Paris (CNN) -- The conversation between space cadet and world leader had a simple purpose: To make an ill teenager happy.
That's how South African space tourist and software entrepreneur Mark Shuttleworth remembers the day he spoke to Nelson Mandela, the hero of South Africa's anti-apartheid struggle, who died last week aged 95.
"He brought a little girl with him who was very ill, it was such a classic Mandela move," Shuttleworth told CNN during tech conference LeWeb, being held in Paris.
"Lots of people wanted to be on the phone with a space cadet and I get the impression that for many of them it was about the spotlight being on them, whereas for Madiba (Mandela's tribal name) the most wonderful thing for him was about making this little girl's wish come true."
Michelle Foster, 14, was terminally ill with cancer and through the Reach for the Dream foundation had been able to meet Mandela and later link through satellite to Shuttleworth in space. Foster died less than a month after she'd spoken to him.
Shuttleworth, who founded software company Canonical, recalled the conversation ahead of Mandela's state funeral Sunday, the conclusion of 10 official days of mourning.
Mandela's lasting lesson, Shuttleworth said, is that people should "find the Madiba in our counterpart.
"Even good societies, societies filled with good people can end up in very dark places," he said. "We should focus on the rules of society and the norms of society and make sure those aren't ripe for abuse."
There could even be lessons for dealing with terrorist organizations, like al Qaeda, Shuttleworth said. "Don't tell me there isn't somebody in every institution who doesn't have the capacity to transcend the mess they've got themselves into."
Shuttleworth's conversation with Mandela was in 2002, when space tourism was in its infancy and only two paying guests had gone into orbit. Shuttleworth reportedly paid $20 million to travel with Russian cosmonaut Yuri Gidzenko and spend a short time at the International Space Station.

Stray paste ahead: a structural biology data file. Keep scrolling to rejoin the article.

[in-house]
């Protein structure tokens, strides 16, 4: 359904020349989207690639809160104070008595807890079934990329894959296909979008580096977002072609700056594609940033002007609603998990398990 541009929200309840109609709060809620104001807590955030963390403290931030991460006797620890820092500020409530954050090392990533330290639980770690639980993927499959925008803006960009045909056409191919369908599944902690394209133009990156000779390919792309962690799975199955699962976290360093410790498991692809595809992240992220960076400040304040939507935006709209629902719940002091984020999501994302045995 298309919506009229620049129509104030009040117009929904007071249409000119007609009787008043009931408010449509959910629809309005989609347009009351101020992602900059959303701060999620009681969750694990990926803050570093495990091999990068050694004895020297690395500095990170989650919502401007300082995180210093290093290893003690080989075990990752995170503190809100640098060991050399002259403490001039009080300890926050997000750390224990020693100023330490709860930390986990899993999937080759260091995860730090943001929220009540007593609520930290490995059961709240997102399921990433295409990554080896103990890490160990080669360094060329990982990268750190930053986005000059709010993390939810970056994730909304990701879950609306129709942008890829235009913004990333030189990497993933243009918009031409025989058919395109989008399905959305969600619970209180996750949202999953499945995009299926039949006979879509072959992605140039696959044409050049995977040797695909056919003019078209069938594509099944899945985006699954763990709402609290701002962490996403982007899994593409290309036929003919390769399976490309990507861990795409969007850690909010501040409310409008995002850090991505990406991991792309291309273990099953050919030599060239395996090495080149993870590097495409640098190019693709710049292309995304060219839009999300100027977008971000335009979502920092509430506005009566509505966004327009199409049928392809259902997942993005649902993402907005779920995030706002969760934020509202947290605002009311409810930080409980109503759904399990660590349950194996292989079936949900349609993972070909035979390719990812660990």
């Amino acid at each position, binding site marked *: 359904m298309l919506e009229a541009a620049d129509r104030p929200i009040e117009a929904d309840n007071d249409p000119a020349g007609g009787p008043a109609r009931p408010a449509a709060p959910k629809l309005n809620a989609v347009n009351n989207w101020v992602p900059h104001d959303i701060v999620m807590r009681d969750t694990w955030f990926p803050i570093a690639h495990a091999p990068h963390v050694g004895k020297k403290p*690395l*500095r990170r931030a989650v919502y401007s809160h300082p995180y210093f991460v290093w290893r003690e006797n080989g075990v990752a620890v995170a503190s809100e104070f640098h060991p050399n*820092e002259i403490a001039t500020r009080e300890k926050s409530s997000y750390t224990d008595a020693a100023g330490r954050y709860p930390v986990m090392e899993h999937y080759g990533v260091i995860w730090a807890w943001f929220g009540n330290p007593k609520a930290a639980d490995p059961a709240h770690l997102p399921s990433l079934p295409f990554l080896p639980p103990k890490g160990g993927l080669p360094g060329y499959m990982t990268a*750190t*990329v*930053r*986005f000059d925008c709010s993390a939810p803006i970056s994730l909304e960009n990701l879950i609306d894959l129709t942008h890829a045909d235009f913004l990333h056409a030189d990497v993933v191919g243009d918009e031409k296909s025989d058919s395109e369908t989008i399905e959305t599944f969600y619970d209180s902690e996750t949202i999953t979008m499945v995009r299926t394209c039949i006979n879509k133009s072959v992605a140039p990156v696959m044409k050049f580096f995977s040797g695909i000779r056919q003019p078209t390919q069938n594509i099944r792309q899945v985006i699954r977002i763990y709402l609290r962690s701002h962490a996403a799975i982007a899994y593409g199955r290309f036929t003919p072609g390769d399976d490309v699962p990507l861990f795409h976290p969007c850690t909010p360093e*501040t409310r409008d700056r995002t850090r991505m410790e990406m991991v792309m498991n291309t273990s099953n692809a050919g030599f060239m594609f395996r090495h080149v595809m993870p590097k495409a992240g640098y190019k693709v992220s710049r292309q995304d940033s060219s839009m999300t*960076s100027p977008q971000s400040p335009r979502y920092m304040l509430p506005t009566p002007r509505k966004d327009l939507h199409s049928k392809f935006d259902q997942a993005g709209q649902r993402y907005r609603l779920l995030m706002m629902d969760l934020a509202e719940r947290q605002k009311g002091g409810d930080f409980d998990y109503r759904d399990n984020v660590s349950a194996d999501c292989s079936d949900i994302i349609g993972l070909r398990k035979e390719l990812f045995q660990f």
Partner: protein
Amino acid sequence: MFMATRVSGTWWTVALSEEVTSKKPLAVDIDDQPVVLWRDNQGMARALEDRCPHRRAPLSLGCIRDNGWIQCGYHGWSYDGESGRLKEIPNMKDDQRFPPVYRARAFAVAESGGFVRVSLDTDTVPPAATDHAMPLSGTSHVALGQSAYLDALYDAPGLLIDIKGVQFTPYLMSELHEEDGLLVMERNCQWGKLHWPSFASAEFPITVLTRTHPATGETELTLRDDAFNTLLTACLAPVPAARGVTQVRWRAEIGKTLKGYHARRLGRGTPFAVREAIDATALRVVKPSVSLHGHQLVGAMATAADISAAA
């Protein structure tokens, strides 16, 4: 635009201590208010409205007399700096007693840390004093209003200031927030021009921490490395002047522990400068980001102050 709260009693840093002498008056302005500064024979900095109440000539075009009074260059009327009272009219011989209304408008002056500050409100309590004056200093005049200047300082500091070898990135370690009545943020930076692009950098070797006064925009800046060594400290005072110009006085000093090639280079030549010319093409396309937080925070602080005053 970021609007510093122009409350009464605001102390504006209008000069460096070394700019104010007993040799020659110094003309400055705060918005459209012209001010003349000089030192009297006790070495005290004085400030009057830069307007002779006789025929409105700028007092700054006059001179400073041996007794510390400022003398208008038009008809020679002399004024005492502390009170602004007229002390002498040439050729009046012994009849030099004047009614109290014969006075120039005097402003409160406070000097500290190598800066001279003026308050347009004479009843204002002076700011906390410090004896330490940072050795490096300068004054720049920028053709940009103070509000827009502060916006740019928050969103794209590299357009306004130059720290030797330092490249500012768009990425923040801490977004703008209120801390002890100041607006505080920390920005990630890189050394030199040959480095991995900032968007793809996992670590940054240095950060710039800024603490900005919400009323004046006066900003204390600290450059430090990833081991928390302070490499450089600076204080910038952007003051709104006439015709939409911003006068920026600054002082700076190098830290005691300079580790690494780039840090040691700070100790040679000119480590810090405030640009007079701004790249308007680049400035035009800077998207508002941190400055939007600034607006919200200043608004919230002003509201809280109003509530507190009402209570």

A decade later, Richard Branson's Virgin's Galactic is one several companies pushing to make space tourism a reality.
Meanwhile, Shuttleworth predicts, the world will see first "the first commercial suborbital flights in the new two years ... and I think we will see a partly commercial interplanetary flight in the next 10 years."
Eventually, humans will move beyond earth, he said."I think our destiny is in the stars ... there is probably a habitable planet out there within 15 light years of us." That, he adds, is "in our neighborhood."
"The galaxy is around 100,000 light years across so 15 light years is very little. It may take us a couple hundred years to achieve that but look back a couple of years and you're at the rebuilding of Paris, so I think this is the sort of timescale we should be dreaming in."
Back on Earth, Shuttleworth's company has signed its first deal with a phone hardware partner to use its operating system, Ubuntu.
Shuttleworth won't give details yet -- it's expected to be made public in 2014 -- but says it's a step forward from the company's work with personal computers and could eventually position it to compete with the likes of Android.
While the operating system market is dominated by giants such as Google and Apple, Shuttleworth sees opportunity in "convergence," when all mobile devices run seamlessly from one set-up.